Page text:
That sentiment is carried out through on-going curation of shows that embrace the abstract and provide room for pure artistic expression. Walking into Mengi is to step into the heart of some of Iceland’s most ambitious creators. Records, books, magazines, and art adorned the walls and shelves of the shop in Mengi’s entrance with a couch area – not unlike a living room – set up in the center of the merchandise. Each LP, CD, and publication is either made by an Icelandic artist or connects back to the country in some way.
Behind the couches and chairs, a small set of steps led down to a viewing area facing the performance space in the far back. Though the walls were pale white and the floors were smooth cement, warmth still emanates from the room. A familial spirit resonating, no doubt, from the magic hometown works sold and performed in the space.
It’s that warmth from the community that kept the KEXP team warm on the frigid November morning when we arrived at Mengi. Sverrisson, Arnalds, and the whole Mengi crew heartily welcomed the station through their doors as we set up the equipment for a full day’s worth of filming tributes to Jóhannsson.
The artists performing for our cameras had already taken part in previous tributes to Jóhannsson at local theatre IÐNÓ, presented by and benefitting The Jóhann Jóhannsson Foundation – an organization created in its namesake’s legacy to develop programs for composers and musicians to work with students from elementary school all the way through high school. All four of the performers filmed during the Mengi sessions all have personal connections with Jóhannsson and his work – whether it was as collaborators and friends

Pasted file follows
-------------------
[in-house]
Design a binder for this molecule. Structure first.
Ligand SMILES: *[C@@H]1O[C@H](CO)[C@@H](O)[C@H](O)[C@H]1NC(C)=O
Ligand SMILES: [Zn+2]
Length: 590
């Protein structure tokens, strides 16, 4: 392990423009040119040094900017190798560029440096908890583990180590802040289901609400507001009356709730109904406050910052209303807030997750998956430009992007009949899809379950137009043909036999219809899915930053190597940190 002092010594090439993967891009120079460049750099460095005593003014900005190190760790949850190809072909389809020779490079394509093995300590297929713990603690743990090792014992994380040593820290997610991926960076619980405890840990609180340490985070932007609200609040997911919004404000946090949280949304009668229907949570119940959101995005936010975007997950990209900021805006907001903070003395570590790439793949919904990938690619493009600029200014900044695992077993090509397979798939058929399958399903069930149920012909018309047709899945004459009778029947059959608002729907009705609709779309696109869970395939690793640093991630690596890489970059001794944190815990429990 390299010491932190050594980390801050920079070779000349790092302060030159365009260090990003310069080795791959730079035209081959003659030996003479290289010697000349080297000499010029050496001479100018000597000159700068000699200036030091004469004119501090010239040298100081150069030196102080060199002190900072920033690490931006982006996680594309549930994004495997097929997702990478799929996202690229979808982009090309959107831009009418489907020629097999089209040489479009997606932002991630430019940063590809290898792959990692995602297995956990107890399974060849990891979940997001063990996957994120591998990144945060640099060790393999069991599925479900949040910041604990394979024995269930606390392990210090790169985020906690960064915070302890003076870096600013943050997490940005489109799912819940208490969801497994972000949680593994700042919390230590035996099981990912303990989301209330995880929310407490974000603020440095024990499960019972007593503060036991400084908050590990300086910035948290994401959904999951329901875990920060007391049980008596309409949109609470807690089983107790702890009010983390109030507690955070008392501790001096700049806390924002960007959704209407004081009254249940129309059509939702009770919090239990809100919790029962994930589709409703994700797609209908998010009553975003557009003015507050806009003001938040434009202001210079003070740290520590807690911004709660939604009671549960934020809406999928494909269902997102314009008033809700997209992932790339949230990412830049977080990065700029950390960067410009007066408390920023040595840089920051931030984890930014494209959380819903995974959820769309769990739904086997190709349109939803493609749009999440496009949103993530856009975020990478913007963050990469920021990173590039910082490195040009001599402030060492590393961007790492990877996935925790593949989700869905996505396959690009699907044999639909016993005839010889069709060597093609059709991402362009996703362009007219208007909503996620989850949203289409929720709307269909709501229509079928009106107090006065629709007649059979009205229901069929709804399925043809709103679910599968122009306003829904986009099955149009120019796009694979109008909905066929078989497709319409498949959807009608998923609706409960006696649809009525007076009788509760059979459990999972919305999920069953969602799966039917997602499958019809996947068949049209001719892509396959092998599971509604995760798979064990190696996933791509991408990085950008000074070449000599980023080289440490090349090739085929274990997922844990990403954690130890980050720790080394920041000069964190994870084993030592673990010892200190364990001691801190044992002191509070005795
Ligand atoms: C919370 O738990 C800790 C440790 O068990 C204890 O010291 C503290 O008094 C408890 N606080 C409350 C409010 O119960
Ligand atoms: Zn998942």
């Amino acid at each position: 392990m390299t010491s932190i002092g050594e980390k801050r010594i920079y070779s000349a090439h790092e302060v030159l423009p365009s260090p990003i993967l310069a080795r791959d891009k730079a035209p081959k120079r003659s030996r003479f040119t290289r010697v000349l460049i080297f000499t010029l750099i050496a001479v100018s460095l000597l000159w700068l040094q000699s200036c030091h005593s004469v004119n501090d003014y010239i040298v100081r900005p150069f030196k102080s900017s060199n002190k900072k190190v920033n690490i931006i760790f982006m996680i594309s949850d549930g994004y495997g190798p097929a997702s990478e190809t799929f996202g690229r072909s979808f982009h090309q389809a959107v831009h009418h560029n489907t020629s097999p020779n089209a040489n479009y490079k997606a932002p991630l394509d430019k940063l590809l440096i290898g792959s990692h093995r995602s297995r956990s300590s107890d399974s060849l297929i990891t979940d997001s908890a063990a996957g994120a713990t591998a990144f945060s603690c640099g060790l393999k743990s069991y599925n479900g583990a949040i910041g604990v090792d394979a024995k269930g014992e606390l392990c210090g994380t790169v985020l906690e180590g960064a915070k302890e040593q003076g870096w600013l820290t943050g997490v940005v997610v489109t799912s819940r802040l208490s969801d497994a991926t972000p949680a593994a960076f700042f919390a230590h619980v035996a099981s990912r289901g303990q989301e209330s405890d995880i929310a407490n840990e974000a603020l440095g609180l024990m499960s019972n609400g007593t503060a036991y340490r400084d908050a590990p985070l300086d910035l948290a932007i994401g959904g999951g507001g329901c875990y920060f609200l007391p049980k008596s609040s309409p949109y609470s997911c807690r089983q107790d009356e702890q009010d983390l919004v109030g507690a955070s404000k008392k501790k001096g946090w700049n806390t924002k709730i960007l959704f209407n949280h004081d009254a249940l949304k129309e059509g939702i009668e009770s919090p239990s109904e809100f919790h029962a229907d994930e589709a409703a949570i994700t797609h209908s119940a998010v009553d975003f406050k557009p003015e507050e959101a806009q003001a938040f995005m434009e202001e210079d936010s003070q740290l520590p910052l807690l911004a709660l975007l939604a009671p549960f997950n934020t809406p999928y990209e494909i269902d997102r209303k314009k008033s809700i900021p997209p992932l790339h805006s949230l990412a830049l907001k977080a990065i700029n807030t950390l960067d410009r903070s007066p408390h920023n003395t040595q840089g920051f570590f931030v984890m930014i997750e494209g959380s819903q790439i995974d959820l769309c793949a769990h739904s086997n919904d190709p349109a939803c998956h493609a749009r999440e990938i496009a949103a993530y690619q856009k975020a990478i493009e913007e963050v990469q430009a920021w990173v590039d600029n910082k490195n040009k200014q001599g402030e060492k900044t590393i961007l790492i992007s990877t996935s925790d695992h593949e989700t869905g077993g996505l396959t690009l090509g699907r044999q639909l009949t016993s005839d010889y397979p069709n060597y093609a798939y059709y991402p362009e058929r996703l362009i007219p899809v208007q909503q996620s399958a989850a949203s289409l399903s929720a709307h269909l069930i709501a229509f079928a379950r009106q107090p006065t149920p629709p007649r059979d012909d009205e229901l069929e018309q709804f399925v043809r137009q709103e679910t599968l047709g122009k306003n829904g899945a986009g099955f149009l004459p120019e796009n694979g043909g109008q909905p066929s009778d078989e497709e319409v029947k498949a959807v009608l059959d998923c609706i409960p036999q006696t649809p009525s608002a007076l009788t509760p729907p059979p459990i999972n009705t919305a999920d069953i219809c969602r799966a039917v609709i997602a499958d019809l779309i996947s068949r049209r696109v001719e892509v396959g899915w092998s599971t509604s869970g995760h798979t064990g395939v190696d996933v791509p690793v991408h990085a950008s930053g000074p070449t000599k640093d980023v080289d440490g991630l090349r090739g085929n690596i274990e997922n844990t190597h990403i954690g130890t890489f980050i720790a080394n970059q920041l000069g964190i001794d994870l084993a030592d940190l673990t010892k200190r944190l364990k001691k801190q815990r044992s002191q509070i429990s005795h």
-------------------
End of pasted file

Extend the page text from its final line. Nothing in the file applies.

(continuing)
The day began by tracing back to Jóhannsson’s own beginning with a performance from Apparat Organ Quartet. Formed in 1999, Jóhannsson originally saw the band as a collaborative project to perform for his Kitchen Motors concert series. Quickly enough, the band took on a life of its own, releasing two albums and touring across the globe.
It’s a musical daydream documented in the band’s own song “123 Forever” – a vibrant, robot-voiced homage to the joy of being in a band, buying a van, and setting out after your dreams. If you’ve ever been in a band or around a band, you’ll be familiar with that intoxicating feeling – the endless expanse of the road, the possibilities lying ahead of you, and the overwhelming joy of creating art you love alongside people you love. When Apparat Organ Quartet performed the song in Mengi, it took on a different meaning.
Dropping down the tempo, the group turned the song into a powerful, mournful drone. The robot voice was left intact, but sounding even more like a lost ghost in the machine than before. The band’s titular organs poignantly prodded along, a respectful dirge that doubled as a memorial march.
“One, we started a band,” the band sang in their digitized voices. “Two, we bought a green van. And three, we made fans in Japan.”
And then, the kicker.
“And it’s one, two, three – forever.”
The emotional resonance of the band’s performance of both “123 Forever” and “Monoprix” was still palpable in the room when Jóhannsson’s father stepped up to the stage with the string quartet, as described earlier. Gunnarsson would play only one song – his son’s theme for the film The Theory of Everything. It was an apt and poignant choice from the composers' numerous and astounding pieces.
Even stripped of the context of the film, the theme radiates a sense of wonder and captivating beauty that threaded through much of Jóhannsson’s work. But as I watched Gunnarsson turn the wheel of his organ, I found myself struck by the mere act itself. I thought about the wheel of time constantly turning, moments passing by – seconds turning into minutes, minutes into hours, hours into days and then into years and decades before it suddenly stops.
I thought about Gunnarson himself, holding the handle that would play his son’s music and sharing his son’s gifts with the world once more. I thought about how hard it would be to stand there and how dignified and proud Gunnarson looked on the stage in his tan jacket and purple dress shirt. I thought about the people I love.